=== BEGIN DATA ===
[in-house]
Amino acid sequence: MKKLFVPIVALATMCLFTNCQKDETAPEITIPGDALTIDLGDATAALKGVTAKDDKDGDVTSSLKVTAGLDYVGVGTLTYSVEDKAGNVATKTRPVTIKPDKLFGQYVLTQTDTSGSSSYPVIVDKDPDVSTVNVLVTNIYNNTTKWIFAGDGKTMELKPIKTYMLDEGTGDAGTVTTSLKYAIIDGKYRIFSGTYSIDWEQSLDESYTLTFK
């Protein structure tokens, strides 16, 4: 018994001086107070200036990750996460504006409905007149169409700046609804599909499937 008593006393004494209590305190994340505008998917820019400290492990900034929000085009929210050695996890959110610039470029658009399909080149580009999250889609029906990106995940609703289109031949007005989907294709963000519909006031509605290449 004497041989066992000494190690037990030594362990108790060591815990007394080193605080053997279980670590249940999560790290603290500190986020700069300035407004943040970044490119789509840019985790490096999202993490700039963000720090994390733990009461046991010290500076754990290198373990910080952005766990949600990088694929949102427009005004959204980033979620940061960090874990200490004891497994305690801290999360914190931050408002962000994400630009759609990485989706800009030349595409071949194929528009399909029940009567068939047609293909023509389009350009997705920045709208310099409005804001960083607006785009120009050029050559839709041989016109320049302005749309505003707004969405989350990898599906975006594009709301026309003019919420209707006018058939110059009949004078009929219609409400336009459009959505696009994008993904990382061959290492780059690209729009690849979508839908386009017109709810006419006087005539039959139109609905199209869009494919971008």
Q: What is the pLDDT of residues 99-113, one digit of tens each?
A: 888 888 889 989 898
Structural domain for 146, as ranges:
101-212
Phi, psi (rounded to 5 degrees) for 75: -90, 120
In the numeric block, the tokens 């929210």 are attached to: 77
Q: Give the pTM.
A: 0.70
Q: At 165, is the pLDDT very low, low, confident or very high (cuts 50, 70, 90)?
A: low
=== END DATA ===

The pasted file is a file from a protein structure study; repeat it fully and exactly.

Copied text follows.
[in-house]
Amino acid sequence: MKKLFVPIVALATMCLFTNCQKDETAPEITIPGDALTIDLGDATAALKGVTAKDDKDGDVTSSLKVTAGLDYVGVGTLTYSVEDKAGNVATKTRPVTIKPDKLFGQYVLTQTDTSGSSSYPVIVDKDPDVSTVNVLVTNIYNNTTKWIFAGDGKTMELKPIKTYMLDEGTGDAGTVTTSLKYAIIDGKYRIFSGTYSIDWEQSLDESYTLTFK
């Protein structure tokens, strides 16, 4: 018994001086107070200036990750996460504006409905007149169409700046609804599909499937 008593006393004494209590305190994340505008998917820019400290492990900034929000085009929210050695996890959110610039470029658009399909080149580009999250889609029906990106995940609703289109031949007005989907294709963000519909006031509605290449 004497041989066992000494190690037990030594362990108790060591815990007394080193605080053997279980670590249940999560790290603290500190986020700069300035407004943040970044490119789509840019985790490096999202993490700039963000720090994390733990009461046991010290500076754990290198373990910080952005766990949600990088694929949102427009005004959204980033979620940061960090874990200490004891497994305690801290999360914190931050408002962000994400630009759609990485989706800009030349595409071949194929528009399909029940009567068939047609293909023509389009350009997705920045709208310099409005804001960083607006785009120009050029050559839709041989016109320049302005749309505003707004969405989350990898599906975006594009709301026309003019919420209707006018058939110059009949004078009929219609409400336009459009959505696009994008993904990382061959290492780059690209729009690849979508839908386009017109709810006419006087005539039959139109609905199209869009494919971008």
Q: What is the pLDDT of residues 99-113, one digit of tens each?
A: 888 888 889 989 898
Structural domain for 146, as ranges:
101-212
Phi, psi (rounded to 5 degrees) for 75: -90, 120
In the numeric block, the tokens 């929210």 are attached to: 77
Q: Give the pTM.
A: 0.70
Q: At 165, is the pLDDT very low, low, confident or very high (cuts 50, 70, 90)?
A: low